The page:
On Sat, May 14, 2011 at 11:23 AM, Leon Smith wrote:
A minor issue has come up in creating low-level bindings to libpq for
safe garbage-collected languages,  namely that PQfinish is the only
(AFAICT) way to close a connection but also de-allocates the memory
used to represent the database connection.    It would be preferable
to call PQfinish to free the memory in a finalizer,  but appilcations
need a way to disconnect from the database at a predictable and
deterministic point in time,  whereas leaving a bit of memory around
until the GC finally gets to it is relatively harmless.    The
low-level binding has a couple of options:

1.  Ignore the issue and allow for the possibility of a segfault if
the library is used incorrectly,  which is not a good situation for
"safe" languages.
The 'safety' of the language has nothing to do with it. It should
possible to maintain state outside of libpq without crashing. Which
language by the way?
2.  Create a wrapper that tracks whether or not PQfinish has ever been
called,  so that attempts to use a connection afterwards can be turned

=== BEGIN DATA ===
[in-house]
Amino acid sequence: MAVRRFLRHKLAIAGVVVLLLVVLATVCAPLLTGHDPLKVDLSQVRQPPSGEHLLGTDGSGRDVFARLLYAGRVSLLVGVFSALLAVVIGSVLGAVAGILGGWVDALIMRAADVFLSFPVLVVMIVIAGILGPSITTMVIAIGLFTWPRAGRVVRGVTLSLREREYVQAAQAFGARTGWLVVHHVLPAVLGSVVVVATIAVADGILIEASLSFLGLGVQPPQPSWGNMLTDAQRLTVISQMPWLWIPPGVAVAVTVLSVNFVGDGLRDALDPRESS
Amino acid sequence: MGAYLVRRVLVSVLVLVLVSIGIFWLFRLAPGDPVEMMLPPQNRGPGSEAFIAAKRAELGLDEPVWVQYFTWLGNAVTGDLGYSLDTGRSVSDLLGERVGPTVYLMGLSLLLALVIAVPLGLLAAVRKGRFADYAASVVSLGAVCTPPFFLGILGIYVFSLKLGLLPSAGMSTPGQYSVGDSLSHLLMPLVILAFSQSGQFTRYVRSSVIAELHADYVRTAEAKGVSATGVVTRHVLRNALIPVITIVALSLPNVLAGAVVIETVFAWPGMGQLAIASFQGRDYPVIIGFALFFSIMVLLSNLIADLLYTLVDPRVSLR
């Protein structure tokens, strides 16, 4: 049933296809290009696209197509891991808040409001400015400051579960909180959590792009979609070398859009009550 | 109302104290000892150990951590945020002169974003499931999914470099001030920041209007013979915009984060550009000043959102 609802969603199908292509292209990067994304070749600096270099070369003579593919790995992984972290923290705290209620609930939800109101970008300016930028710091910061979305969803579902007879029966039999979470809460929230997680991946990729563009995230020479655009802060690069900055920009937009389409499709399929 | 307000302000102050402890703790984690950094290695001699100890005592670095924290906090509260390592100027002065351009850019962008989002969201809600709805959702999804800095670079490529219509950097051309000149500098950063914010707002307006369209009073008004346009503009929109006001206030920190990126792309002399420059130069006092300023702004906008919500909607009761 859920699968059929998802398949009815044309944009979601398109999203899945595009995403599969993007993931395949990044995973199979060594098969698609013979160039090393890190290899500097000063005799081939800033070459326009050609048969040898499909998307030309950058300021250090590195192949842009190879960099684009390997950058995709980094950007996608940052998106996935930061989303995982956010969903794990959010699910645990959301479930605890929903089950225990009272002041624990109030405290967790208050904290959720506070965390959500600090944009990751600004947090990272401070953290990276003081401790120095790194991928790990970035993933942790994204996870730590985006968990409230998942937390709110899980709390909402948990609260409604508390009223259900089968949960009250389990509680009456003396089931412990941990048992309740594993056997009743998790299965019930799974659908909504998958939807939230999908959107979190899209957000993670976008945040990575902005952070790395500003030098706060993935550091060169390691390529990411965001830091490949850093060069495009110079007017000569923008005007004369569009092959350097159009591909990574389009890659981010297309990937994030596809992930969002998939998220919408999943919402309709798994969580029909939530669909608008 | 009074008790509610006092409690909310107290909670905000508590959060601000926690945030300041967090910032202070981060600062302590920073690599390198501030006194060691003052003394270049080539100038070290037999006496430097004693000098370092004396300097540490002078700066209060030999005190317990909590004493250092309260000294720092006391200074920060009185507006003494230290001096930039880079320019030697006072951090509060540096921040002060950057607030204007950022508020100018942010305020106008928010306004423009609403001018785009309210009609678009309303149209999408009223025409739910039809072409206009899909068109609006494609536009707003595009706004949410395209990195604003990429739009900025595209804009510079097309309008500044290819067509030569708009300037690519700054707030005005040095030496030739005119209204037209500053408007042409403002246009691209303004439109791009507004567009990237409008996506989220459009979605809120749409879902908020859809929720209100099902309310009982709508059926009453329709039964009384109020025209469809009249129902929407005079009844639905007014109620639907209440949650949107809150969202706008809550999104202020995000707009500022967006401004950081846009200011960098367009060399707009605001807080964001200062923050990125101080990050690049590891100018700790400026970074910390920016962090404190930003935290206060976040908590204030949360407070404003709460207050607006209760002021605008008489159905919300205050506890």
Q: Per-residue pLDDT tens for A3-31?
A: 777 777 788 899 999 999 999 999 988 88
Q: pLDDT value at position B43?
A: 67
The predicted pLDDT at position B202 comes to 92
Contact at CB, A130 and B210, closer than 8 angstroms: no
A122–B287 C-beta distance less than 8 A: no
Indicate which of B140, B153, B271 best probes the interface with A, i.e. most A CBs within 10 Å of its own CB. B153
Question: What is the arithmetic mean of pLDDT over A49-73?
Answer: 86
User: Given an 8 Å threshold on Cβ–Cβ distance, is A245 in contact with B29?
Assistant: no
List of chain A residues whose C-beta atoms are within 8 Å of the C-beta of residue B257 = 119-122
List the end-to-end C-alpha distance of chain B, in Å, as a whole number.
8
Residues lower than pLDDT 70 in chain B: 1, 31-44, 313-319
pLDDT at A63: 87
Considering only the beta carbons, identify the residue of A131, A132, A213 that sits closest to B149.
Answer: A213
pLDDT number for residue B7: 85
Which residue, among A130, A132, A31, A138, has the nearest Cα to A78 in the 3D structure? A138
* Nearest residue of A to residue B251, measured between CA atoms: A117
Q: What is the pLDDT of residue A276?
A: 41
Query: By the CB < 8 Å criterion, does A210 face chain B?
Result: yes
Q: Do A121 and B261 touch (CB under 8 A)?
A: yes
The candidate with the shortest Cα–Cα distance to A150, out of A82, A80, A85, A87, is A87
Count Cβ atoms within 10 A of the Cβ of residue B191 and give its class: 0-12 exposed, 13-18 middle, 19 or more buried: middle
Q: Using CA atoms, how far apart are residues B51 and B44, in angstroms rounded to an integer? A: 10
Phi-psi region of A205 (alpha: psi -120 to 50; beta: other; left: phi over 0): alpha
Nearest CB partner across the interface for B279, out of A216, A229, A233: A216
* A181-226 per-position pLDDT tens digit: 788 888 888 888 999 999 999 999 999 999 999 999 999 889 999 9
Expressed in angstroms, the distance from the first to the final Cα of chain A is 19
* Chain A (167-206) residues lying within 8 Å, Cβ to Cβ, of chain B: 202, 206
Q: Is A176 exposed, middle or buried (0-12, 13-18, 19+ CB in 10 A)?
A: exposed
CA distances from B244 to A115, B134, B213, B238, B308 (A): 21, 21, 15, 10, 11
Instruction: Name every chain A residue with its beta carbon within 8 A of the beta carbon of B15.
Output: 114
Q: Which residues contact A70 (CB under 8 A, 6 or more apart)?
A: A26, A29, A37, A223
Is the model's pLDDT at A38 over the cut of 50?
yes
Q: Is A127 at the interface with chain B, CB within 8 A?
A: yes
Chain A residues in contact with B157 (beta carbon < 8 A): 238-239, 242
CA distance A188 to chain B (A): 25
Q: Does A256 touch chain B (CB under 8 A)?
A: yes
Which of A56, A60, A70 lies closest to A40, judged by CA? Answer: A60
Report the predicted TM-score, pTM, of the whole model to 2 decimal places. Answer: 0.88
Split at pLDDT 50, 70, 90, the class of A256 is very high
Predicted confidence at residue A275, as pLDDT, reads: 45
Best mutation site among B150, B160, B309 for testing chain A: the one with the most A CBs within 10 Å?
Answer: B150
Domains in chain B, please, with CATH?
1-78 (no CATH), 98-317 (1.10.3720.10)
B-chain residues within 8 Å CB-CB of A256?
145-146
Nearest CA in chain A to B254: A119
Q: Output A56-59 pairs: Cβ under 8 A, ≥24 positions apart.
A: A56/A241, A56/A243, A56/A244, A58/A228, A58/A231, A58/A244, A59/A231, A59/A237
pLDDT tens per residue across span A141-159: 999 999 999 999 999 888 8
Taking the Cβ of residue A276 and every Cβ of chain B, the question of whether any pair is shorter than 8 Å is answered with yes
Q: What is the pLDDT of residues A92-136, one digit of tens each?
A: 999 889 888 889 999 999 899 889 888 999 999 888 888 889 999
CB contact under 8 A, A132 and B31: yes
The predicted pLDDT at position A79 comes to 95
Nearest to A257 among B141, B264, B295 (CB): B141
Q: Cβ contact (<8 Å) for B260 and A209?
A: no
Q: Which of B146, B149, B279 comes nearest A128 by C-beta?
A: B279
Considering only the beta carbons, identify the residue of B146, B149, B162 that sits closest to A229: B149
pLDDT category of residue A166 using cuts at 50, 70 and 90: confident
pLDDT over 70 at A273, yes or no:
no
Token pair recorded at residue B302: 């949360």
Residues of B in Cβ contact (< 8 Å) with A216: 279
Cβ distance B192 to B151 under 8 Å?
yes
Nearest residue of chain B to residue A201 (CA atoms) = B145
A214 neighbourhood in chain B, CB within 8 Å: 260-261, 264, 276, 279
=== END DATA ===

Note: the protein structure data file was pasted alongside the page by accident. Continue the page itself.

into native exceptions/other forms of error signaling.  This kind of
solution can introduce their own minor issues.
This is probably your answer.
3.  Hack libpq to export closePGconn so that libpq can safely signal
the low-level bindings of the error when a connection is used after it
is disconnected,  reserving PQfinish to run in a GC-triggered
finalizer.  While this is a technically preferable solution,  without
getting the change into upstream sources it is also a deployment
This is not going to be as helpful as you think -- in many cases the
connection will not go 'bad' until you attempt to use...libpq runs in
thread and does no management when you are not inside a libpq call.
Your hypothetical callback would only get fired when you are making a
libpq call anyways and you haven't made a case why you can't just wrap
the query call with a a post call check to connection status.


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grouppgsql-hackers @
postedMay 14, '11 at 3:23p
activeMay 16, '11 at 12:17p



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